UN environment chief Klaus Toepfer called on industrialized nations to assume
responsibility for their role in causing the freak weather that has claimed scores
of lives around the world.
He told Germany's Deutschlandradio station that there could no longer be any doubt that humans were partly to blame for the torrential rains that have wreaked havoc from Europe to Asia.
"We have to do all we can to fight (this phenomenon) and that is above all
the duty of industrialized countries," the former German environment minister
He said Africa represented 14 percent of the world's population but produced only 3.2 percent of its polluting carbon dioxide emissions, "yet it's precisely there that the effects of climate change are so dramatic."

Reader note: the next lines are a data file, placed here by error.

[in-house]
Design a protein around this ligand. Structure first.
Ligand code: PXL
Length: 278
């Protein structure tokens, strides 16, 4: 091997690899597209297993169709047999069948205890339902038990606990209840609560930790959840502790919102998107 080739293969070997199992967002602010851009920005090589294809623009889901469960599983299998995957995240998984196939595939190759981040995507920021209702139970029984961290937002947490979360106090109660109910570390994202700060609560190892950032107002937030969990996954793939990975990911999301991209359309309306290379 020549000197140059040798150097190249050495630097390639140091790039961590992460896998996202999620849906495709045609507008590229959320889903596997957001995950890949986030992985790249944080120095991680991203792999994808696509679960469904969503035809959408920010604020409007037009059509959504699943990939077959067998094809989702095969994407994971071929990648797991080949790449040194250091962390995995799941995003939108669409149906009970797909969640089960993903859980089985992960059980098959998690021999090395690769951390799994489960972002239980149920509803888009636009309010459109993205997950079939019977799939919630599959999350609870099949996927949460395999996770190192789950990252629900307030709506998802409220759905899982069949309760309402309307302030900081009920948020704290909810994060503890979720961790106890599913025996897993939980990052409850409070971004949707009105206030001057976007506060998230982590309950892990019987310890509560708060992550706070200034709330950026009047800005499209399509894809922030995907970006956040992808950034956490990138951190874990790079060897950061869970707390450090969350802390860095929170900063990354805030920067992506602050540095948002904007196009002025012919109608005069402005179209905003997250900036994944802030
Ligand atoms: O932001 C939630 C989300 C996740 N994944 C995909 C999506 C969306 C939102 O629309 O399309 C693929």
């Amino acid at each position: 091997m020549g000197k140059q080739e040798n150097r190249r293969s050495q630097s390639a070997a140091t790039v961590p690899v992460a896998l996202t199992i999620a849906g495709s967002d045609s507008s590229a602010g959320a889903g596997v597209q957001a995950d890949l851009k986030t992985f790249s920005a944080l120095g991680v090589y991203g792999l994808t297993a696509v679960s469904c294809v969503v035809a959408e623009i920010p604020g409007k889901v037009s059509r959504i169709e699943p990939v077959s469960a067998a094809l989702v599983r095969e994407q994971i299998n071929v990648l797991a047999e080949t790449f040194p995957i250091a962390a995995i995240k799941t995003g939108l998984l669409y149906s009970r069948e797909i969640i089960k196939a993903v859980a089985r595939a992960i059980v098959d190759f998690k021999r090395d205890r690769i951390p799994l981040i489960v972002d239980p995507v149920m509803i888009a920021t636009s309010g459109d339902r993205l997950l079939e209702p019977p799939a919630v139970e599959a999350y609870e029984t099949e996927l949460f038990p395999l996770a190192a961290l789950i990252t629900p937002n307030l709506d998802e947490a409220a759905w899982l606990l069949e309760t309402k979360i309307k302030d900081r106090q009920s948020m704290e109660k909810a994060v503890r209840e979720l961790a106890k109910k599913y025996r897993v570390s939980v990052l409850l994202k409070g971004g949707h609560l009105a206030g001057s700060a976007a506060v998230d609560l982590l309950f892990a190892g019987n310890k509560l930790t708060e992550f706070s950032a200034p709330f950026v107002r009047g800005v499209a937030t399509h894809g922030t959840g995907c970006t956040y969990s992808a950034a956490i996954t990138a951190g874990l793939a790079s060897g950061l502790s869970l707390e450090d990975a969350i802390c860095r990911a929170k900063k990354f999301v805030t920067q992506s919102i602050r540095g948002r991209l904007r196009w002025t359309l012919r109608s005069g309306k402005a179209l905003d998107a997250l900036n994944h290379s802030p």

Toepfer, who is head of the United Nations Environment Program, said what was needed most of all were cutbacks in energy use and the continuing development of renewable energy sources.
That had to be done in conjunction with developing countries, he added, so
that efforts to reduce emissions in industrialized nations were not wasted by
a rise in emissions elsewhere.
By signing the Kyoto protocol, the European Union is committed to cutting by eight percent its emissions of carbon dioxide and other so-called greenhouse gases blamed for climate change.
But the United States, which is responsible for 36 percent of greenhouse gas
emissions, has refused to ratify the Kyoto accord.
Copyright 2002 AFP